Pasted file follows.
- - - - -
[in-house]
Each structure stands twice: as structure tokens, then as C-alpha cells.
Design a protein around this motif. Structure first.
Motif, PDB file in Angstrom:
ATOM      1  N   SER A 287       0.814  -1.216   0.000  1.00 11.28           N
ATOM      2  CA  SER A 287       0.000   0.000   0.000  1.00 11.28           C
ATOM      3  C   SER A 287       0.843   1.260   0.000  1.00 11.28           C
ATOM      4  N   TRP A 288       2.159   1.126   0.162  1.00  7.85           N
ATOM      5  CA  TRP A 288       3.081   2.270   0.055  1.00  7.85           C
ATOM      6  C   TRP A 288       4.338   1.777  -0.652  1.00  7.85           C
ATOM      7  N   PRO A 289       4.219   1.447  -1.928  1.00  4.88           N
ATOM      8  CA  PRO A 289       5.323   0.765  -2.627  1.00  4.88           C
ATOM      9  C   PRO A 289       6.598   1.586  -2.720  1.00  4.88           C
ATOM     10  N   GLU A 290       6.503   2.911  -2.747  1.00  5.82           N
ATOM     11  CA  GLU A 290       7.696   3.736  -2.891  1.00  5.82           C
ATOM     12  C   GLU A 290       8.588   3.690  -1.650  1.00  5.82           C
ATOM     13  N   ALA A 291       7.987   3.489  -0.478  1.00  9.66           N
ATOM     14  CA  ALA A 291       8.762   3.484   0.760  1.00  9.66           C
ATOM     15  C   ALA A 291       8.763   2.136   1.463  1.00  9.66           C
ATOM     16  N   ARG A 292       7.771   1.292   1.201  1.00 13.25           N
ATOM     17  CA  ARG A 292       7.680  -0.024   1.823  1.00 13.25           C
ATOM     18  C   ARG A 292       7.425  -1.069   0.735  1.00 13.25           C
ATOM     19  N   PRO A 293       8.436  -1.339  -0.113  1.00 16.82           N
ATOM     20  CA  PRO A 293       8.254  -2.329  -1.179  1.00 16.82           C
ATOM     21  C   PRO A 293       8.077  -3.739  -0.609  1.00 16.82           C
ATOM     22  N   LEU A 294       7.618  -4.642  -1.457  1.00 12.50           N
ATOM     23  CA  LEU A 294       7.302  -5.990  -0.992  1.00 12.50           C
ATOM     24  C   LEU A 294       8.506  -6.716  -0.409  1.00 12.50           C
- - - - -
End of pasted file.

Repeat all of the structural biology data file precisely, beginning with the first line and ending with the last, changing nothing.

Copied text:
[in-house]
Each structure stands twice: as structure tokens, then as C-alpha cells.
Design a protein around this motif. Structure first.
Motif, PDB file in Angstrom:
ATOM      1  N   SER A 287       0.814  -1.216   0.000  1.00 11.28           N
ATOM      2  CA  SER A 287       0.000   0.000   0.000  1.00 11.28           C
ATOM      3  C   SER A 287       0.843   1.260   0.000  1.00 11.28           C
ATOM      4  N   TRP A 288       2.159   1.126   0.162  1.00  7.85           N
ATOM      5  CA  TRP A 288       3.081   2.270   0.055  1.00  7.85           C
ATOM      6  C   TRP A 288       4.338   1.777  -0.652  1.00  7.85           C
ATOM      7  N   PRO A 289       4.219   1.447  -1.928  1.00  4.88           N
ATOM      8  CA  PRO A 289       5.323   0.765  -2.627  1.00  4.88           C
ATOM      9  C   PRO A 289       6.598   1.586  -2.720  1.00  4.88           C
ATOM     10  N   GLU A 290       6.503   2.911  -2.747  1.00  5.82           N
ATOM     11  CA  GLU A 290       7.696   3.736  -2.891  1.00  5.82           C
ATOM     12  C   GLU A 290       8.588   3.690  -1.650  1.00  5.82           C
ATOM     13  N   ALA A 291       7.987   3.489  -0.478  1.00  9.66           N
ATOM     14  CA  ALA A 291       8.762   3.484   0.760  1.00  9.66           C
ATOM     15  C   ALA A 291       8.763   2.136   1.463  1.00  9.66           C
ATOM     16  N   ARG A 292       7.771   1.292   1.201  1.00 13.25           N
ATOM     17  CA  ARG A 292       7.680  -0.024   1.823  1.00 13.25           C
ATOM     18  C   ARG A 292       7.425  -1.069   0.735  1.00 13.25           C
ATOM     19  N   PRO A 293       8.436  -1.339  -0.113  1.00 16.82           N
ATOM     20  CA  PRO A 293       8.254  -2.329  -1.179  1.00 16.82           C
ATOM     21  C   PRO A 293       8.077  -3.739  -0.609  1.00 16.82           C
ATOM     22  N   LEU A 294       7.618  -4.642  -1.457  1.00 12.50           N
ATOM     23  CA  LEU A 294       7.302  -5.990  -0.992  1.00 12.50           C
ATOM     24  C   LEU A 294       8.506  -6.716  -0.409  1.00 12.50           C